The primary star of this system is an A-type main sequence dwarf of white color.

Another important star of the Aquila constellation is Bezek, also called Eta Aquilae.

A yellow-white supergiant, Eta Aquilae is about 1,200 light-years from Earth.

It is a Cepheid variable star that is easily recognized by an unaided eye.

'Bezek' is derived from a Hebrew phrase which means 'lightning'.

Theta Aquilae in the Aquila constellation is a spectroscopic binary star that is situated around 287 light-years away.

Another name for this star is Tseen Foo which is derived from 'tianfu', a Mandarin word that means 'the heavenly rafter' as well as 'drumsticks'.

The asterism that Theta Aquilae forms with Eta Aquilae, 58 Aquilae, and 62 Aquilae is called the 'Celestial Drumsticks' by the Chinese.

Iota Aquilae and Lambda Aquilae are both stars in the Aquila constellation with the same name, Al Thalimain.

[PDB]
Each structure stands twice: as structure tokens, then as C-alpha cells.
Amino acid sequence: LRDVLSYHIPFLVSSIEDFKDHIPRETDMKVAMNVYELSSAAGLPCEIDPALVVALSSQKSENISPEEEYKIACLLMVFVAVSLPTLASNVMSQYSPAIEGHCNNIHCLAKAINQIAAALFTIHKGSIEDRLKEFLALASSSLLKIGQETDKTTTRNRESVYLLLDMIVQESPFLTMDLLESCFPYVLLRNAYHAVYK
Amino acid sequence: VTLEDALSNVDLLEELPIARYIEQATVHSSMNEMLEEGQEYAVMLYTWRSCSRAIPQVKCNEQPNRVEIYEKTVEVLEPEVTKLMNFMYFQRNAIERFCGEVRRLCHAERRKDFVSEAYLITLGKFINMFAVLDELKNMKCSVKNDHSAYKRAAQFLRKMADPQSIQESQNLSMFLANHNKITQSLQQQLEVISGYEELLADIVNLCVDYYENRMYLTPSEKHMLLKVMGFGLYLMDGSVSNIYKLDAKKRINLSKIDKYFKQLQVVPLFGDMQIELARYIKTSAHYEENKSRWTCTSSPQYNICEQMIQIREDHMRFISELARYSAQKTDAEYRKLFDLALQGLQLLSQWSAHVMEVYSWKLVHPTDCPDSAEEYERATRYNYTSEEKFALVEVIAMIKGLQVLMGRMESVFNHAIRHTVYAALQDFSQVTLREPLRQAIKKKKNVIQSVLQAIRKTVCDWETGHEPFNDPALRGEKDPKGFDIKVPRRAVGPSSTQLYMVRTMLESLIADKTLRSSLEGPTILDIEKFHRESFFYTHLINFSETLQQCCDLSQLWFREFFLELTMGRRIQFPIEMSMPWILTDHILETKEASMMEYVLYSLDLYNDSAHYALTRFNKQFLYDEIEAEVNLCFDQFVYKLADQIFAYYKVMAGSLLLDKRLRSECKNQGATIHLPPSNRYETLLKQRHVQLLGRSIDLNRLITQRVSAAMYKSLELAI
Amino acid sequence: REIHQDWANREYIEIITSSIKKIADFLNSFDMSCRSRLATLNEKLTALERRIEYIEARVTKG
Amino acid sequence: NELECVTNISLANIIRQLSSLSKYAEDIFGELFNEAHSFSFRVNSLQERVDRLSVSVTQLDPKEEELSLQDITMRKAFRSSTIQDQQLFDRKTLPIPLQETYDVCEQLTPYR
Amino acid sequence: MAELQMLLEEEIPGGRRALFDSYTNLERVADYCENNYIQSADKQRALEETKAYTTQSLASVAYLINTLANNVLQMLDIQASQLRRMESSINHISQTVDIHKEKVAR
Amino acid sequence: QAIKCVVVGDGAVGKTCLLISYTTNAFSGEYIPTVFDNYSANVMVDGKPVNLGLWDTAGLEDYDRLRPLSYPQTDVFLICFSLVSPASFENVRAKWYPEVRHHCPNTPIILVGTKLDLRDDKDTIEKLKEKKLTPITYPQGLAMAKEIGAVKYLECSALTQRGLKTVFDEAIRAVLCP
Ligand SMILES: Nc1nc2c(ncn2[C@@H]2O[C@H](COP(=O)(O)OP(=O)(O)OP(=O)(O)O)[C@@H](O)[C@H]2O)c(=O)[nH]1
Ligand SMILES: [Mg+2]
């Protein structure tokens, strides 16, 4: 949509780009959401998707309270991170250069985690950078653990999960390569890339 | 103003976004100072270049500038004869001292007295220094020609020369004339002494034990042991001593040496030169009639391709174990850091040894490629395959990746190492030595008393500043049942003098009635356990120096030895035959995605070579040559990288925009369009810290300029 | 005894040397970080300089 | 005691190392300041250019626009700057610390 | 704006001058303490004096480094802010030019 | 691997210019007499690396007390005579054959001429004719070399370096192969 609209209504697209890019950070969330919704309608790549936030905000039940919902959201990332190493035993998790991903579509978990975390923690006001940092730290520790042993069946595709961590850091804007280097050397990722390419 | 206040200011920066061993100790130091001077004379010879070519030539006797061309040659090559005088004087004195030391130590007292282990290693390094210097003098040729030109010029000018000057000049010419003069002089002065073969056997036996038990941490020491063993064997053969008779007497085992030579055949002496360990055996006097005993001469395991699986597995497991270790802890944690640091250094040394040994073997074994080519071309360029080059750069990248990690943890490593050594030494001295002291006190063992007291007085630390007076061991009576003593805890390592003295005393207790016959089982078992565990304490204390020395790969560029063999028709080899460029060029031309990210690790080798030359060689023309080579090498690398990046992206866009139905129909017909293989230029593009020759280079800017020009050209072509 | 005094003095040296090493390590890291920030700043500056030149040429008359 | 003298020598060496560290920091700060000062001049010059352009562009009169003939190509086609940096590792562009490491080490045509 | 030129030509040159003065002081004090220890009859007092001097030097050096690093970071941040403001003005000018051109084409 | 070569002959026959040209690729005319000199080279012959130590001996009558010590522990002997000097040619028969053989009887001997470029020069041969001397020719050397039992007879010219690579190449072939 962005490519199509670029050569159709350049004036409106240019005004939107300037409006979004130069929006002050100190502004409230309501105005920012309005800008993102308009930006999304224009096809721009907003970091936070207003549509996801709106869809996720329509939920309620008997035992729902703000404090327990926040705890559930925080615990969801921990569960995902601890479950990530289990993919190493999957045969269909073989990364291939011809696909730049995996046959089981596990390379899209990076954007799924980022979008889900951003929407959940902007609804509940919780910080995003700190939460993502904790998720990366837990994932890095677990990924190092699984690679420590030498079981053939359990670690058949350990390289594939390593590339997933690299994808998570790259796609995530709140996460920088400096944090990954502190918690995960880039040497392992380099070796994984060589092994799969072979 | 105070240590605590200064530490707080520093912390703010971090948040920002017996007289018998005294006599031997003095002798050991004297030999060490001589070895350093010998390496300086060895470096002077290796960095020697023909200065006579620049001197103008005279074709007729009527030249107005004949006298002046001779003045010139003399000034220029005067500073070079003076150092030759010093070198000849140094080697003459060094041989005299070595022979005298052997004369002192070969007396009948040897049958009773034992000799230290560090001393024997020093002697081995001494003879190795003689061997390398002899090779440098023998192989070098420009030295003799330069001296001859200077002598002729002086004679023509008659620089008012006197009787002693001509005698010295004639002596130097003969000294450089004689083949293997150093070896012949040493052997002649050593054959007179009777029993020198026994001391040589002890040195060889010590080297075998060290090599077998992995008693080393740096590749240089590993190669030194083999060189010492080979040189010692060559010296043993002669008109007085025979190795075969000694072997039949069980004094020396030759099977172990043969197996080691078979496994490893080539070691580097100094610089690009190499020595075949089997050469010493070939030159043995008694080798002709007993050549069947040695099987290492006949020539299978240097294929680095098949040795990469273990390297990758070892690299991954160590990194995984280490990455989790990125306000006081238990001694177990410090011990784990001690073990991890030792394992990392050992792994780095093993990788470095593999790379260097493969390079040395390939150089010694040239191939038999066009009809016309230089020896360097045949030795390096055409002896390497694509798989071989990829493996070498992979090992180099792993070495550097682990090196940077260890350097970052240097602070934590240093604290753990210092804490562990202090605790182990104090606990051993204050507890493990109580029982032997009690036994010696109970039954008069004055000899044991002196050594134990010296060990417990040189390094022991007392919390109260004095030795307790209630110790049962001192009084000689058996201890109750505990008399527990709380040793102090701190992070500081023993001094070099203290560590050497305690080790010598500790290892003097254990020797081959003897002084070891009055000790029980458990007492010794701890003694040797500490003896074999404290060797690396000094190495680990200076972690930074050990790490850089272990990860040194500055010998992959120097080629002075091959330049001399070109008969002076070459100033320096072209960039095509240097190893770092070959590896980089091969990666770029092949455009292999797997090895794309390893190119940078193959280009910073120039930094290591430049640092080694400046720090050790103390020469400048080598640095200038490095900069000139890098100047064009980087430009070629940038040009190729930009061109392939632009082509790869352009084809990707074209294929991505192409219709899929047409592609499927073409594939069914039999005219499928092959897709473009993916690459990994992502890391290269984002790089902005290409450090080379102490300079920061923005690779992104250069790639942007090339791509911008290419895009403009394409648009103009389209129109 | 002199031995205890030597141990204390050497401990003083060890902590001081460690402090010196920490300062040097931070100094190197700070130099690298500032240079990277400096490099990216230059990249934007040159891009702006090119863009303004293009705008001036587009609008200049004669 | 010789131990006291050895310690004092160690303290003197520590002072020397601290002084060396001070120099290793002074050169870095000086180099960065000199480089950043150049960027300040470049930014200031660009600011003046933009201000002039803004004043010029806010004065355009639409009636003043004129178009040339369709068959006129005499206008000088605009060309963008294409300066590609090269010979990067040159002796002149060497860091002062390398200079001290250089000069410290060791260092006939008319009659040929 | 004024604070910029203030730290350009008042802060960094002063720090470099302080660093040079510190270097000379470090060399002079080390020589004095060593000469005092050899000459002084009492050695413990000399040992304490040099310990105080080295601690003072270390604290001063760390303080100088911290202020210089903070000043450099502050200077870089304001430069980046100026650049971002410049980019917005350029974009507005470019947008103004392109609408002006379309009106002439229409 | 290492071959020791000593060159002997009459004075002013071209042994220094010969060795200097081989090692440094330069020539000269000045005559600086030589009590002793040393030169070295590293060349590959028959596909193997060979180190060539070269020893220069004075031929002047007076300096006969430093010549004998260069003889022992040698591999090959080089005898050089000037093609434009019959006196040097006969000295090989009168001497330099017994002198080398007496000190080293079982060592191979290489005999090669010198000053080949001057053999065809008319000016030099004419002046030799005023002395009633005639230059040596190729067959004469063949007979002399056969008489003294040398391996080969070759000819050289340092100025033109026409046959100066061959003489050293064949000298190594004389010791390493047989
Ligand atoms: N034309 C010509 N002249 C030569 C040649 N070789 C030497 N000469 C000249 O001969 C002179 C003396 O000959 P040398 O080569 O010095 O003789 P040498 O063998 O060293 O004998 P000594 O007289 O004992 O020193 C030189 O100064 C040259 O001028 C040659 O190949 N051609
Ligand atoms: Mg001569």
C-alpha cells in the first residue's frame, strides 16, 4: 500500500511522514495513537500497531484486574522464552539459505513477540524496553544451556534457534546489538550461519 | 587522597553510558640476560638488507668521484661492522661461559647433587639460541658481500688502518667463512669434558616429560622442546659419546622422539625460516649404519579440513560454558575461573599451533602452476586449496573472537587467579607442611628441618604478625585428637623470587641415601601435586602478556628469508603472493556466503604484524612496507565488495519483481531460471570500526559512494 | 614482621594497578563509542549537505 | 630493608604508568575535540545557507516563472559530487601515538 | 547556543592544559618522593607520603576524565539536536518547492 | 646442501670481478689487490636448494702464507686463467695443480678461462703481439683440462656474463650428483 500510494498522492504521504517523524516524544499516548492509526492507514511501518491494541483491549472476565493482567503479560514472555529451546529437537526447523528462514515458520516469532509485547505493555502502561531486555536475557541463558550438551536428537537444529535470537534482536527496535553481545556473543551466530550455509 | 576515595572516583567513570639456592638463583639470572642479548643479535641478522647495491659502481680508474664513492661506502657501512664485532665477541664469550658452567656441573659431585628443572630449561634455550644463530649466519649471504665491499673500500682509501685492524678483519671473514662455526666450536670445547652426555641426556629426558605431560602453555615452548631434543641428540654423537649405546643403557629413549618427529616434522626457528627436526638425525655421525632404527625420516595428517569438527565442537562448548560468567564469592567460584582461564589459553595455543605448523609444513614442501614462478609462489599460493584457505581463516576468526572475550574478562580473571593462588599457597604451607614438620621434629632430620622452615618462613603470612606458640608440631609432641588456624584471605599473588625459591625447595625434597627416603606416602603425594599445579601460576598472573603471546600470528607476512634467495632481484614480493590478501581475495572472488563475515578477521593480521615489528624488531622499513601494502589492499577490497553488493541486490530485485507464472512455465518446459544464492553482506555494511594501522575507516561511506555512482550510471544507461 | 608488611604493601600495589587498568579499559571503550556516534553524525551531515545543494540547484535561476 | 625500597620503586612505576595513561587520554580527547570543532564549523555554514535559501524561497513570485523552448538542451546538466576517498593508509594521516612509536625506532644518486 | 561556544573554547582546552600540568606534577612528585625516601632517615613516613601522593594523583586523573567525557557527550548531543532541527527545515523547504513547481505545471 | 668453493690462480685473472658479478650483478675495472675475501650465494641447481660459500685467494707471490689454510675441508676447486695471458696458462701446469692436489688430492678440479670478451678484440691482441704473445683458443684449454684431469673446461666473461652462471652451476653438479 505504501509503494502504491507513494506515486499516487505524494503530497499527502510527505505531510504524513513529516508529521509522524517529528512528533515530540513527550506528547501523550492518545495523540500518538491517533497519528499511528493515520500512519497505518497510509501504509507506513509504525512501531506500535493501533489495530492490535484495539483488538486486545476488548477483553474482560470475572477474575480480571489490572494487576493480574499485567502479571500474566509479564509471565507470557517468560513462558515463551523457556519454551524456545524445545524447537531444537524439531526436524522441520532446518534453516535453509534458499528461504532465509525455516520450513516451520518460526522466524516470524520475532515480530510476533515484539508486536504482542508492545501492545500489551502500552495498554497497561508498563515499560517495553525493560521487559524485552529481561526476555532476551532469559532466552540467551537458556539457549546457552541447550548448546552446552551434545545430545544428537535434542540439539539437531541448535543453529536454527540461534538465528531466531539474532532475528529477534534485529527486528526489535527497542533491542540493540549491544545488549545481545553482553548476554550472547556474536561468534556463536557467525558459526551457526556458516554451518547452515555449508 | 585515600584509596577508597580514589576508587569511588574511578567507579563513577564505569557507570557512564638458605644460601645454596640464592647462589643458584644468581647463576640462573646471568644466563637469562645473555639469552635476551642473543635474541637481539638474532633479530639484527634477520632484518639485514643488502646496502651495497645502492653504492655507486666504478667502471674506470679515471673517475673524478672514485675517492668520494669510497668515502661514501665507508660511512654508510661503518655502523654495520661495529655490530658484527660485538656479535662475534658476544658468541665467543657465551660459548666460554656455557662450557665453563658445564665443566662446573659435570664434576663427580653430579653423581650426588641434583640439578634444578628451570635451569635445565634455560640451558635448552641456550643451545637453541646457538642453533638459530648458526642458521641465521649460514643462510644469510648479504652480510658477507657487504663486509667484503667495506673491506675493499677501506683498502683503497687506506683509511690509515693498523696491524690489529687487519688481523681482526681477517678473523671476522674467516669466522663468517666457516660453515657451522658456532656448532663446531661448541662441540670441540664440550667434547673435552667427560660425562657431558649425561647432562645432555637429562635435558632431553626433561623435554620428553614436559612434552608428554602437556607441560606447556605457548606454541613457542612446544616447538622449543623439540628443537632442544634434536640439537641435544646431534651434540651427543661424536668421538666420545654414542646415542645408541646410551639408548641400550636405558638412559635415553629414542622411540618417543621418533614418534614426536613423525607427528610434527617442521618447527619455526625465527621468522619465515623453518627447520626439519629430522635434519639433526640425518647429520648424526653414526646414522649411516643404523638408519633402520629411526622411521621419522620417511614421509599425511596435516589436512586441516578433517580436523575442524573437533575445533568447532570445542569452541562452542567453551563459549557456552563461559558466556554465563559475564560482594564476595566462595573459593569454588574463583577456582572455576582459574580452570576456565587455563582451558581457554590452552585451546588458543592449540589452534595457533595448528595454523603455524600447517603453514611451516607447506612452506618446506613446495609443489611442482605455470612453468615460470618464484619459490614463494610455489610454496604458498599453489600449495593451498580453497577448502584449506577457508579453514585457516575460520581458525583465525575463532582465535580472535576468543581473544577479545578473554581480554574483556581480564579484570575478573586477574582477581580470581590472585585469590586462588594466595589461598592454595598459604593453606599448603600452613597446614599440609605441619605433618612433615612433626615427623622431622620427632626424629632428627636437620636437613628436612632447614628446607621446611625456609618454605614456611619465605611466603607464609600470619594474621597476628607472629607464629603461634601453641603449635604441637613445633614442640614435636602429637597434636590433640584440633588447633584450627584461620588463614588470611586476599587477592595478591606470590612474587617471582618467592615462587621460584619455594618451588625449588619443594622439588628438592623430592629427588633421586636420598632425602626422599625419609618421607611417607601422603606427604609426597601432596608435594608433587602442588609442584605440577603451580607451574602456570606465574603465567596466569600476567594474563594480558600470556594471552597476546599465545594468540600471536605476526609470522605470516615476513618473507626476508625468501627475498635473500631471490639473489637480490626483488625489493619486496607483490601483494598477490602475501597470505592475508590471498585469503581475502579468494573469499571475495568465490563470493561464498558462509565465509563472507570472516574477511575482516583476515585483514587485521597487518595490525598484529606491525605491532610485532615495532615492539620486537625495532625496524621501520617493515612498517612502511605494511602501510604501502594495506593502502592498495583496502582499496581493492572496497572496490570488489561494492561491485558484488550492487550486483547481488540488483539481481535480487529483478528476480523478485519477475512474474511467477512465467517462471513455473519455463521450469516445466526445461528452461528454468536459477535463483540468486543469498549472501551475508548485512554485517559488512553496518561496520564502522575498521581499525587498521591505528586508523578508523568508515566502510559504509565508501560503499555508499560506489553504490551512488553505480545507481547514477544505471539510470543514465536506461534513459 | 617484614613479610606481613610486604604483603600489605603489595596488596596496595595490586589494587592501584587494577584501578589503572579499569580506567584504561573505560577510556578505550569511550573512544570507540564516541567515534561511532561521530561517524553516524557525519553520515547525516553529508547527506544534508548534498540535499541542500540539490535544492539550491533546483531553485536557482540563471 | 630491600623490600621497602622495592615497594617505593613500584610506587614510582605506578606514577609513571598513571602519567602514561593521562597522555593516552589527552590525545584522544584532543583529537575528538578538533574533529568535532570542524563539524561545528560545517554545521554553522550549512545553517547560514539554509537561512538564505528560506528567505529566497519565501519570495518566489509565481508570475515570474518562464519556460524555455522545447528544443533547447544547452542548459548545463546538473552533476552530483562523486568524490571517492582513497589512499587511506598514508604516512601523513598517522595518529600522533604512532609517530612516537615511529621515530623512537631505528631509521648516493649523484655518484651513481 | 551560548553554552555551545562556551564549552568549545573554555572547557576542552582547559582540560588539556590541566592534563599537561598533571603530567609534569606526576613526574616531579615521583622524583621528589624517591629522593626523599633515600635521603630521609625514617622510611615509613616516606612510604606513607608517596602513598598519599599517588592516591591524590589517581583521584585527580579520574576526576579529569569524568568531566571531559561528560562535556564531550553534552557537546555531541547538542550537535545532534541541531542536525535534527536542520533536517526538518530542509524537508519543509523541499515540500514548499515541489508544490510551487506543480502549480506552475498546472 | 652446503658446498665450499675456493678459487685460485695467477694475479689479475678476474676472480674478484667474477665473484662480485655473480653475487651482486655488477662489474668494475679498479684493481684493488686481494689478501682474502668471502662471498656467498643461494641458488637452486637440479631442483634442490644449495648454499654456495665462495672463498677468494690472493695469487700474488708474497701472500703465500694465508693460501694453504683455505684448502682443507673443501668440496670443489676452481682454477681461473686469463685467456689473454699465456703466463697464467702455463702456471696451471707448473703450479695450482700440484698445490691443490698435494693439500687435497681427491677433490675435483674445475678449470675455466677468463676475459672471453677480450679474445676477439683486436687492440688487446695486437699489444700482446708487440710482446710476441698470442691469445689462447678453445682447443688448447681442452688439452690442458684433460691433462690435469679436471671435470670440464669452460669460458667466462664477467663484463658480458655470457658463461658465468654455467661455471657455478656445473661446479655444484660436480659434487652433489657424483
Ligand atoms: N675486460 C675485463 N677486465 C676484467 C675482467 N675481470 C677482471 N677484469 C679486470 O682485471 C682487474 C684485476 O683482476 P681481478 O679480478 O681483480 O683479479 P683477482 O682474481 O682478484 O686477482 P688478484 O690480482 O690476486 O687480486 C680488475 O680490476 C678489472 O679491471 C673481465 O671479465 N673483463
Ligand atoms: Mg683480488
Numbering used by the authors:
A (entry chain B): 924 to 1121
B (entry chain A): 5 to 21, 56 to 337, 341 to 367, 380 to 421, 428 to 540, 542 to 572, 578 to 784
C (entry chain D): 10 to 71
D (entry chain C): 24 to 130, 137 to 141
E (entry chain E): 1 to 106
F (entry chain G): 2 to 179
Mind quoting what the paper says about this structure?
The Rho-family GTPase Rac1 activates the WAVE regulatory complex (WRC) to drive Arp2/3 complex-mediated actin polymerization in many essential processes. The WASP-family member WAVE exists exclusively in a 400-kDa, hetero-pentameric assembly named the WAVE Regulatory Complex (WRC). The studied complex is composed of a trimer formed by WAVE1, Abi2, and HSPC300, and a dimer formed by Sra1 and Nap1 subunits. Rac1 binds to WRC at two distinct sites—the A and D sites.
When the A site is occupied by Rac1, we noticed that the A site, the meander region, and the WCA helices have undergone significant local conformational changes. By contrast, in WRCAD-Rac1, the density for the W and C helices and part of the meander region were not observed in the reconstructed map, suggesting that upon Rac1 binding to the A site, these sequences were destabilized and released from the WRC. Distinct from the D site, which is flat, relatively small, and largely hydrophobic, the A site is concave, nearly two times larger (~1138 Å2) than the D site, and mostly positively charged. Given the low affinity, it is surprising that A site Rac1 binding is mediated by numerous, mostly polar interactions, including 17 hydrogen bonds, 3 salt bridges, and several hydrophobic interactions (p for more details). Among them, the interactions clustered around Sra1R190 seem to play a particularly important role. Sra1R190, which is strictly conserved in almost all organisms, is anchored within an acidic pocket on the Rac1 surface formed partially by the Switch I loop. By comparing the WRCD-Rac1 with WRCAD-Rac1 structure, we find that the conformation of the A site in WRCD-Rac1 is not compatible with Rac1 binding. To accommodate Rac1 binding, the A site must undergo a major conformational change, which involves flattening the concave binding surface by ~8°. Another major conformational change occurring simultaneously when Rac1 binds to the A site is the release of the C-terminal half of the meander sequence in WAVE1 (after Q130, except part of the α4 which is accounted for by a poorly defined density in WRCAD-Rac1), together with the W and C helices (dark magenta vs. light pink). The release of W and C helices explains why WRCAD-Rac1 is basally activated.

While Iota Aquilae is a B-type star, Lambda Aquilae is a B-type main sequence dwarf; both stars have the same blue-white color.

Al Thalimain is a name derived from an Arabic word meaning 'the two ostriches'.

In order to differentiate between the two stars, Lambda Aquilae is called Al Thalimain Prior.

An orange giant in Aquila is 15 Aquilae which can be easily seen through small telescopes.

Rho Aquila, an A-type main-sequence dwarf of white color, was part of Aquila until 1992, when it drifted far off the border into Delphinus.

Deep-Sky Objects In The Aquila Constellation

While the Aquila constellation does not consist of Messier objects, it does contain some deep-sky objects. Some of these deep-sky objects within the constellation are listed below.

A planetary nebula whose first discovery was made by Edward Charles Pickering (an American astronomer) in 1882 is found within the Aquila constellation.

This planetary nebula was named Phantom Streak Nebula, also known as NGC 6741, for observation purposes.